I seem to have developed a stress fracture in my lower right leg, just above the ankle.
(Completely self-diagnosed mind you. Having broken 6 bones in my day, I consider myself a small, albeit entirely unqualified, expert in the field).
Anyway, it's a bit embarrassing because it's not like I was doing a drop step into a turnaround jump shot when it happened. Nope. As I recall, I was somewhere above Grimaldi's at the mid-way point across the Brooklyn Bridge in the midst of our family's 6 day whirlwind tour of New York City when it started hurting like a bugger. And I mean a bugger.
But here's the thing. We walked an average of 10 km (6.2 miles) a day for five consecutive days, so I'm thinking, I've just completed a marathon, right? Sure there wasn't much running involved (unless you count diving out of the way of oncoming traffic) - and there may have been a few stops along the way. Still, I was booking a pretty good pace trying to keep up with my supremely keen and overly fit sons and somehow, I also ended up being the designated backpack carrier for most of our travels (not sure how that happened).
A small price to pay I'd say for the fun we had travelling to the top of the Empire State Building, walking the sun-drenched shores of Battery Park (with its stunning views of the Statue of Liberty); spending a day at the Bronx Zoo (loved the Gorillas!); visiting Fire Department Ten House across from the World Trade Center site and the 9/11 Memorial (a personal favourite); exploring Central Park; crossing the Brooklyn Bridge (you already knew that); visiting Yankee Stadium (what an impressive building); and frolicking amidst the madness of Time Square (I felt completely at home). No rest for the wicked I'll tell you - our sons had us out till the wee hours.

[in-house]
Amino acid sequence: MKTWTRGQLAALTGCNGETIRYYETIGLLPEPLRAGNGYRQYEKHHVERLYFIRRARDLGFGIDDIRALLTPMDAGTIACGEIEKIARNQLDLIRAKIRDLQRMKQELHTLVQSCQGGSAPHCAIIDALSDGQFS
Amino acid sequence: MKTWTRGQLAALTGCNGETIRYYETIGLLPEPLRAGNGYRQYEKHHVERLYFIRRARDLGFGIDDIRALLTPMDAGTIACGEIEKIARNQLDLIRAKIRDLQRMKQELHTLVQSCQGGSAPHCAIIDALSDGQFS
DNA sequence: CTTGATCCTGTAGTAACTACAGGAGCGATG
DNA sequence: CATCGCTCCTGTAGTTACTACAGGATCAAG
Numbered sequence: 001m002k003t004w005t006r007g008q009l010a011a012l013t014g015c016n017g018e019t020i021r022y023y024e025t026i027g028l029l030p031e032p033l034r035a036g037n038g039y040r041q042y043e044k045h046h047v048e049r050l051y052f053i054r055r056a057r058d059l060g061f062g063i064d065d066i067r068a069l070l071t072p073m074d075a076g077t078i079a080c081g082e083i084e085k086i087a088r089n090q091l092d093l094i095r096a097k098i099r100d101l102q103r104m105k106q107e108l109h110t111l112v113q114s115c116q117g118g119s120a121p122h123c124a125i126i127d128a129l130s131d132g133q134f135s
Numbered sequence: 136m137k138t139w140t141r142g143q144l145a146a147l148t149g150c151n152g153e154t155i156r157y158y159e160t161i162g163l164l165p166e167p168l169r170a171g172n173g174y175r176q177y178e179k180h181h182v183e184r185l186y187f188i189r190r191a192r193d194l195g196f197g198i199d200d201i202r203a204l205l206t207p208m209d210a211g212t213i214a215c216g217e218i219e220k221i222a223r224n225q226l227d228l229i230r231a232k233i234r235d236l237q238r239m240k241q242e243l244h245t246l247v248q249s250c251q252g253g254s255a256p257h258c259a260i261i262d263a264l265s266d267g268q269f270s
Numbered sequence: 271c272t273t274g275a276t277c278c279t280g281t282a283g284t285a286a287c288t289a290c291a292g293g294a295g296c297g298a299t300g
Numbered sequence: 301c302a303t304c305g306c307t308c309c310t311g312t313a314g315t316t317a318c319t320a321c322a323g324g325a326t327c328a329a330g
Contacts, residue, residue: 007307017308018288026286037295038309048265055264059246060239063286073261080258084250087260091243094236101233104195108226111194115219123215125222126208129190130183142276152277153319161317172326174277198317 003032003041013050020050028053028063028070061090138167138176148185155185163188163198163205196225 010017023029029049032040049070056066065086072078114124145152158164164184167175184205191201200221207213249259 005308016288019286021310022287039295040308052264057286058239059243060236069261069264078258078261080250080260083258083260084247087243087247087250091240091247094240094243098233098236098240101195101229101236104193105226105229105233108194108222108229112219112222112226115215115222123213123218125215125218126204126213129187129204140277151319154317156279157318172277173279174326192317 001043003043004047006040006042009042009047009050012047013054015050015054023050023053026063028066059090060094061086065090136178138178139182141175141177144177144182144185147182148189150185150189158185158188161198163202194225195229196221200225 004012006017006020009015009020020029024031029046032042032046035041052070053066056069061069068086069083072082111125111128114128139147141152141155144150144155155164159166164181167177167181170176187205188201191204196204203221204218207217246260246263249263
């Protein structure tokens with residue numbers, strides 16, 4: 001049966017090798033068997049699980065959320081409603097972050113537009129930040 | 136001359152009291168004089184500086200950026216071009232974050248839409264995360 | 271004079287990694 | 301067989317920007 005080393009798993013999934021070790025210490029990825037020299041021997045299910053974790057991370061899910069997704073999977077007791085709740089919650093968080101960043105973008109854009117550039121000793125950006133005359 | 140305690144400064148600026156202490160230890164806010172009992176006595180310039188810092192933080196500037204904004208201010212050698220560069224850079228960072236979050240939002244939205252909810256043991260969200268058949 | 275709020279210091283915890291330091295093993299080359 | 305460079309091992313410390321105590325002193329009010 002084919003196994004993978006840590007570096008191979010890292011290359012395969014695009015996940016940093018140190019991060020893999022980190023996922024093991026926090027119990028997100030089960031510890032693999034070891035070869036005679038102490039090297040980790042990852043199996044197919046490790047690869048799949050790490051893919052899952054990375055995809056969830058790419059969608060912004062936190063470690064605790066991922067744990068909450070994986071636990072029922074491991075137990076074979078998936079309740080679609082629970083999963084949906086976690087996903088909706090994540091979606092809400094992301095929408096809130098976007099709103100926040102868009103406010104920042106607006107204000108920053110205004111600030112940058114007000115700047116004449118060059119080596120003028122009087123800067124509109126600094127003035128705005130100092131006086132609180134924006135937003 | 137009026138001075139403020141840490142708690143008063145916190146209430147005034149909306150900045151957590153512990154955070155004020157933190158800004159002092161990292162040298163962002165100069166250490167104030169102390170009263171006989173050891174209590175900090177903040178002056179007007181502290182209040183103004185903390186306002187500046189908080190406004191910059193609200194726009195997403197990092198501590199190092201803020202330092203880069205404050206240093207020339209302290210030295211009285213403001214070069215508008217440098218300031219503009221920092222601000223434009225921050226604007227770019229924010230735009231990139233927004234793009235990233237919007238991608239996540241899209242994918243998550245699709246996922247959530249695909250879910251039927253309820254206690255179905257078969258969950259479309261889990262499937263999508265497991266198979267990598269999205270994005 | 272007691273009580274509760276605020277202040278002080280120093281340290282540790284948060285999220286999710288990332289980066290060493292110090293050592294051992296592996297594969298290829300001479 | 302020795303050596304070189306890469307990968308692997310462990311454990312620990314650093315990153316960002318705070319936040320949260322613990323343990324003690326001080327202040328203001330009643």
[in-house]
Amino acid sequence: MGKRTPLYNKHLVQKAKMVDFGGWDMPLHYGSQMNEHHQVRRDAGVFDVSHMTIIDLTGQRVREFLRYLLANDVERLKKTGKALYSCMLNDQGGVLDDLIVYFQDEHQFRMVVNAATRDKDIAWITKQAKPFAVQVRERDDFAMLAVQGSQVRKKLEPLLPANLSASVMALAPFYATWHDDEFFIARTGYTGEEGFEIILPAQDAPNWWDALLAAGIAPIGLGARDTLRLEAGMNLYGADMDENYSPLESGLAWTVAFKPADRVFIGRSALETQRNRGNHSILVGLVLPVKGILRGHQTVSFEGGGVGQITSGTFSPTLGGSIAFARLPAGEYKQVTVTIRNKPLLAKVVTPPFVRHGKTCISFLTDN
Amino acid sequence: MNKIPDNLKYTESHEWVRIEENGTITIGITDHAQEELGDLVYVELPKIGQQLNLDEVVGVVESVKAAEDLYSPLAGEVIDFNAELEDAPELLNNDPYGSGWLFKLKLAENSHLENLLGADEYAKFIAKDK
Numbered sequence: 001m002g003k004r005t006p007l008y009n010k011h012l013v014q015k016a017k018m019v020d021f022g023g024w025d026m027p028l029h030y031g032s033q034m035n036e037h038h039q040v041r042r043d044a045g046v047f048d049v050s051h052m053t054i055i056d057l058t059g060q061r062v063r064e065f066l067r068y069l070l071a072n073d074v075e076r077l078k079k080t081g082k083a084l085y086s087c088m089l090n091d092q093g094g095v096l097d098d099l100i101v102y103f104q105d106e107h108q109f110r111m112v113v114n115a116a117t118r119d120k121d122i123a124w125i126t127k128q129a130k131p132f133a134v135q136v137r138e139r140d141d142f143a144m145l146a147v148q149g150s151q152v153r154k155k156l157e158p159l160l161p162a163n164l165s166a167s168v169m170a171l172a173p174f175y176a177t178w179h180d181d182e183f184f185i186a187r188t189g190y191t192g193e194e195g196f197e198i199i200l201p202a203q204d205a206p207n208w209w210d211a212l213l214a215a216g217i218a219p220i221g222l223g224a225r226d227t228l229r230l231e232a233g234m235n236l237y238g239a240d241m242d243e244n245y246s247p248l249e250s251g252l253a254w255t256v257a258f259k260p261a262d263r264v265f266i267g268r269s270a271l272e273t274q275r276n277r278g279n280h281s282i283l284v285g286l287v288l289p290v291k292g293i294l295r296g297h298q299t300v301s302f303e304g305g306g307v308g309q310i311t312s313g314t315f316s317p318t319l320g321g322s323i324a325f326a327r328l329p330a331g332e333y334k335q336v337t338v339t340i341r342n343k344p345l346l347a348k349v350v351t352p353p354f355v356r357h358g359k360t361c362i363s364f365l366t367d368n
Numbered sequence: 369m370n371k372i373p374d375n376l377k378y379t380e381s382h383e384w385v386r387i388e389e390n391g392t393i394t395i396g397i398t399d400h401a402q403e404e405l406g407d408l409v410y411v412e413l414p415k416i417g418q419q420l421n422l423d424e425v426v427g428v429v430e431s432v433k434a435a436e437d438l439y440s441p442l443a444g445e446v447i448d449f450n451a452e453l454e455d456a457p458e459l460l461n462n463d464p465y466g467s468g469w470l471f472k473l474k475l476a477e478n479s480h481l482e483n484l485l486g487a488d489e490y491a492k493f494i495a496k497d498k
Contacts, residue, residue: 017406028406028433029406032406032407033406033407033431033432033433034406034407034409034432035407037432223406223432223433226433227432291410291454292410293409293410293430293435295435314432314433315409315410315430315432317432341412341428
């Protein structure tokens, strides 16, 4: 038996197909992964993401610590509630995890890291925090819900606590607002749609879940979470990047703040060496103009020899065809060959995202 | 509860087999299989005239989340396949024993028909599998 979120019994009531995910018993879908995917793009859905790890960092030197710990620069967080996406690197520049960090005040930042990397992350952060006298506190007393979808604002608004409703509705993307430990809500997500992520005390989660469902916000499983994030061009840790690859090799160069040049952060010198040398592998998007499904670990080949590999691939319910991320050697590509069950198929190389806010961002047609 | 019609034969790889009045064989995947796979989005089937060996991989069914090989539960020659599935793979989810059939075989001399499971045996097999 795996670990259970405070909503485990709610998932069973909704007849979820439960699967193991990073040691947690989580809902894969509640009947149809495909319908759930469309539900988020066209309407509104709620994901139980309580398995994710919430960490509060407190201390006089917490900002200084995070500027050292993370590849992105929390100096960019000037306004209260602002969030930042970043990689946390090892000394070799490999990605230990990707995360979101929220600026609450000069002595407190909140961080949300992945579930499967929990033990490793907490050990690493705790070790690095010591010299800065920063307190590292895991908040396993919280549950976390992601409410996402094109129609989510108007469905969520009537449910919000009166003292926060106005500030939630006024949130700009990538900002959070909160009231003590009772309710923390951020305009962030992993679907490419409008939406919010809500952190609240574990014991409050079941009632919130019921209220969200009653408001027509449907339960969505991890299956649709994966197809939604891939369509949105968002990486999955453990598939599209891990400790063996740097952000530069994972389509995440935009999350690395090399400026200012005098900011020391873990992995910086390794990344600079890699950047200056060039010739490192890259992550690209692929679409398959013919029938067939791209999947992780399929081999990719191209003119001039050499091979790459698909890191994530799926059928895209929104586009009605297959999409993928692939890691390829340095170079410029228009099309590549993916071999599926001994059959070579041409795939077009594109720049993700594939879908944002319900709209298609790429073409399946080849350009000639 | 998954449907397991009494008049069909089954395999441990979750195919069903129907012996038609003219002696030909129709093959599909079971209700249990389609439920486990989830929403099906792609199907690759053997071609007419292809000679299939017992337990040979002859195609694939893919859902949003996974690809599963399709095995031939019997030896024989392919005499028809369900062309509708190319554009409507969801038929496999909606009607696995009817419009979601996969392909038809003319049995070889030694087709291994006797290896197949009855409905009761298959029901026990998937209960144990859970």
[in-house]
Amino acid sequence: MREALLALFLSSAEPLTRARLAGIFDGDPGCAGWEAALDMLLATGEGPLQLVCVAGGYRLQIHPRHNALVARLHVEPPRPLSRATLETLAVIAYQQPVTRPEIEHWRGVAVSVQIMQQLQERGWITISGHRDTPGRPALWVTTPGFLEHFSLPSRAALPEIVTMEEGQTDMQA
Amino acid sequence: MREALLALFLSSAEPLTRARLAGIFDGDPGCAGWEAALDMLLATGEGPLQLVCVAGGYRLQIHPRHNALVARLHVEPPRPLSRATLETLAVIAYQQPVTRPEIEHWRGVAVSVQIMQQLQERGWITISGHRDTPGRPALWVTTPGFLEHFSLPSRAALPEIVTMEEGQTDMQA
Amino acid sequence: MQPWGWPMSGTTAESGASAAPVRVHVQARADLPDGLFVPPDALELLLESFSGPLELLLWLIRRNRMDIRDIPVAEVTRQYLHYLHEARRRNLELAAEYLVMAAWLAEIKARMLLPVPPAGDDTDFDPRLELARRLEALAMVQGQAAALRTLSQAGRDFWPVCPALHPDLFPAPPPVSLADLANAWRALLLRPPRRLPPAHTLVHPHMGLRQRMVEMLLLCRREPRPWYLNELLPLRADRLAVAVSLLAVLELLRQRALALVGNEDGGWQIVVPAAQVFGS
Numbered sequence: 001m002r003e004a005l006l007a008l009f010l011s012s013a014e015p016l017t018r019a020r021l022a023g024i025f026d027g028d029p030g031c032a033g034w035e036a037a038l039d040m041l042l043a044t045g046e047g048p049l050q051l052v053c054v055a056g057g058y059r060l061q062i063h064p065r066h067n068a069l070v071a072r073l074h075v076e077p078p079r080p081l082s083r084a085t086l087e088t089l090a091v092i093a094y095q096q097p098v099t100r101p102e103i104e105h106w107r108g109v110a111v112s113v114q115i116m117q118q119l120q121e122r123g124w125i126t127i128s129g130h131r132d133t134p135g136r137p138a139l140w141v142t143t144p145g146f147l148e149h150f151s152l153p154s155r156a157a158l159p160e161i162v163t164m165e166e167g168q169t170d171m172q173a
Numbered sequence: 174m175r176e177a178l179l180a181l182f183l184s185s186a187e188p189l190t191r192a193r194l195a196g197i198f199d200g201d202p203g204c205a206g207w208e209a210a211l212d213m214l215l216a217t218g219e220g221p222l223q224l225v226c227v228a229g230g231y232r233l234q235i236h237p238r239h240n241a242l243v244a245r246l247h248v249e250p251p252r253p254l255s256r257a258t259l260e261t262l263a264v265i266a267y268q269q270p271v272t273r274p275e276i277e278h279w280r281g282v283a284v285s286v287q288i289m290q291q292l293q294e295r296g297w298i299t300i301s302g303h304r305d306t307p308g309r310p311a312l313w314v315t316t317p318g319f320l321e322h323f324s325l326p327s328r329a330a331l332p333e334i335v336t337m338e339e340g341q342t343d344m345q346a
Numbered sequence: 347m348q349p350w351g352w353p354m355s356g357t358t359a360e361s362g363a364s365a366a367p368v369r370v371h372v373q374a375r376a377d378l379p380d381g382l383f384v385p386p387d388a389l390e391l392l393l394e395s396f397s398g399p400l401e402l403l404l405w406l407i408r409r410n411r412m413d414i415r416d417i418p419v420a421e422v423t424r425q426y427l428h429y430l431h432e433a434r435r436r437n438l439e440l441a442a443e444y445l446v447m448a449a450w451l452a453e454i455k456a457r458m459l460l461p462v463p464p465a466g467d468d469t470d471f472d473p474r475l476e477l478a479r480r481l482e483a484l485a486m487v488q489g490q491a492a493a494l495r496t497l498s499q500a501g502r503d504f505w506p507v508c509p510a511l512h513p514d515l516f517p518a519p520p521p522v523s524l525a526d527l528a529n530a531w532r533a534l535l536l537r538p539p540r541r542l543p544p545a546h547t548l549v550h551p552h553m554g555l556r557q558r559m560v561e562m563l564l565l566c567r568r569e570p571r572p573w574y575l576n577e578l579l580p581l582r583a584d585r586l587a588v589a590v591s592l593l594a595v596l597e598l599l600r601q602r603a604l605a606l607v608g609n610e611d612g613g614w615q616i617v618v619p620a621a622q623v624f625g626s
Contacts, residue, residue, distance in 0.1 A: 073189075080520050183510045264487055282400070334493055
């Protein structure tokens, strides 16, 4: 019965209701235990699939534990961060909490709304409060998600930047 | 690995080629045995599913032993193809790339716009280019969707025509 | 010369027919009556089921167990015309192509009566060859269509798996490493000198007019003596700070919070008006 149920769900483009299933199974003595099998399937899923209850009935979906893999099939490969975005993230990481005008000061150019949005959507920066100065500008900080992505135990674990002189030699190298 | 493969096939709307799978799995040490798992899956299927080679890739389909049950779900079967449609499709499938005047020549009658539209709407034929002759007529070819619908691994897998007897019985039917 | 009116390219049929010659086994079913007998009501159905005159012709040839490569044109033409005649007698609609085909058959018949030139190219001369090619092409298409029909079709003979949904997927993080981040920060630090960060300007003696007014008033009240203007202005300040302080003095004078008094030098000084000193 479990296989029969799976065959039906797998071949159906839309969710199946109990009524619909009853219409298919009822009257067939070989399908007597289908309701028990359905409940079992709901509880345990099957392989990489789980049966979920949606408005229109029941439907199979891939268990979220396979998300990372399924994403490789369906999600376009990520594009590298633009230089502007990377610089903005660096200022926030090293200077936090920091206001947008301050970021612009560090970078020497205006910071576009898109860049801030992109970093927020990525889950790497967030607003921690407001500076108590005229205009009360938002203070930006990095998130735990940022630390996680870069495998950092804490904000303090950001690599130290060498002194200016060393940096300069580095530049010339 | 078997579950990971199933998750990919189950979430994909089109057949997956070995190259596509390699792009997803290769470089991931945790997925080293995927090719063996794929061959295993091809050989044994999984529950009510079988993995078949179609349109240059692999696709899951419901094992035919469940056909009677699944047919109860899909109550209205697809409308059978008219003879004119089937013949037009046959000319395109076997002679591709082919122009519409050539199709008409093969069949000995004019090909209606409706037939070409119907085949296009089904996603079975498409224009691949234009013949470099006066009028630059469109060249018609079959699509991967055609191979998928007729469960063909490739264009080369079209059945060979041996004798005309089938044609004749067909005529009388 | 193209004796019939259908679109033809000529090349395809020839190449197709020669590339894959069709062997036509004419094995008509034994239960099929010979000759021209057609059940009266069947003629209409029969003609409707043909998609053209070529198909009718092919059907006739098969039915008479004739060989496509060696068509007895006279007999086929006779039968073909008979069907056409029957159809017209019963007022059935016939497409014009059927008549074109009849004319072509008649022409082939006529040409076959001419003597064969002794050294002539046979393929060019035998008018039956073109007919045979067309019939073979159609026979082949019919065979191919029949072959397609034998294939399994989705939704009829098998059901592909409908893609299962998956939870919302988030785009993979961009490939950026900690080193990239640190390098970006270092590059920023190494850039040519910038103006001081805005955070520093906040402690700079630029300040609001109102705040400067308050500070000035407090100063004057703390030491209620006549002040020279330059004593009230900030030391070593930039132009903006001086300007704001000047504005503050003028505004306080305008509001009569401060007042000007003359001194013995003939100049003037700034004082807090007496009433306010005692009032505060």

We had a blast and I want to thank my blogging buddies who shared so many great ideas, tips and recommendations for our stay - including our hotel (thank you Amy!).
My son took this photo in Central Park (oops! I mean at the Bronx Zoo)
the tigers were unusually spunky and fun to watch
I just love how the light is hitting the water
So, as I dash around trying to get back on track with work, groceries and laundry and prepare to dash back out the door for a soccer tourney in Vermont, I thought this one-pot wonder might be just the right thing.
Don't let the simplicity of this recipe fool you though, this is one succulent and flavourful dish. I hope you enjoy it.
Seared Garlic Chicken with Lemon and Olives
- 2 garlic bulbs, peeled
- 2 yellow onions, peeled and each cut into eighths
- 3 Tbsp butter
- 3 chicken breasts, each cut into three pieces
- 1 – 2 cups large olives of choice (I used garlic stuffed jumbo green)
- Juice of one lemon
- Zest of one lemon
- 1 cup low-sodium chicken stock
- Sea salt and coarse black pepper to taste
I like to use a cast iron skillet for searing but you can make this recipe in any suitably sized pan.
You can also substitute half of the chicken stock for white wine to create a slightly different taste experience.
Melt 2 tablespoons of butter in a large skillet over medium-high heat. Add chicken pieces and brown each side for about 2 minutes per side. Just enough to get a nice sear on the chicken pieces without fully cooking. Remove chicken from skillet and set aside on a plate loosely tented with foil.
Add another tablespoon of butter to the same skillet and sauté garlic cloves and onion over low-medium heat, scraping up bits from seared chicken. Cook until the garlic has a nice sear and onion is softened.
Return chicken to skillet and add olives, lemon juice, lemon zest, chicken stock and salt and pepper to taste. Allow juices to come to a boil and then simmer for 10 minutes or until chicken pieces are cooked through.
As part of the allium family of vegetables that also includes leeks, chives, scallions and shallots, onion and garlic are high in disease-fighting phytochemicals. Studies have shown that a high intake of allium vegetables can help reduce LDL ("bad") cholesterol levels and raise HDL ("good") cholesterol levels. A high intake of allium vegetables has also been linked with a lower risk of colon and prostate cancer.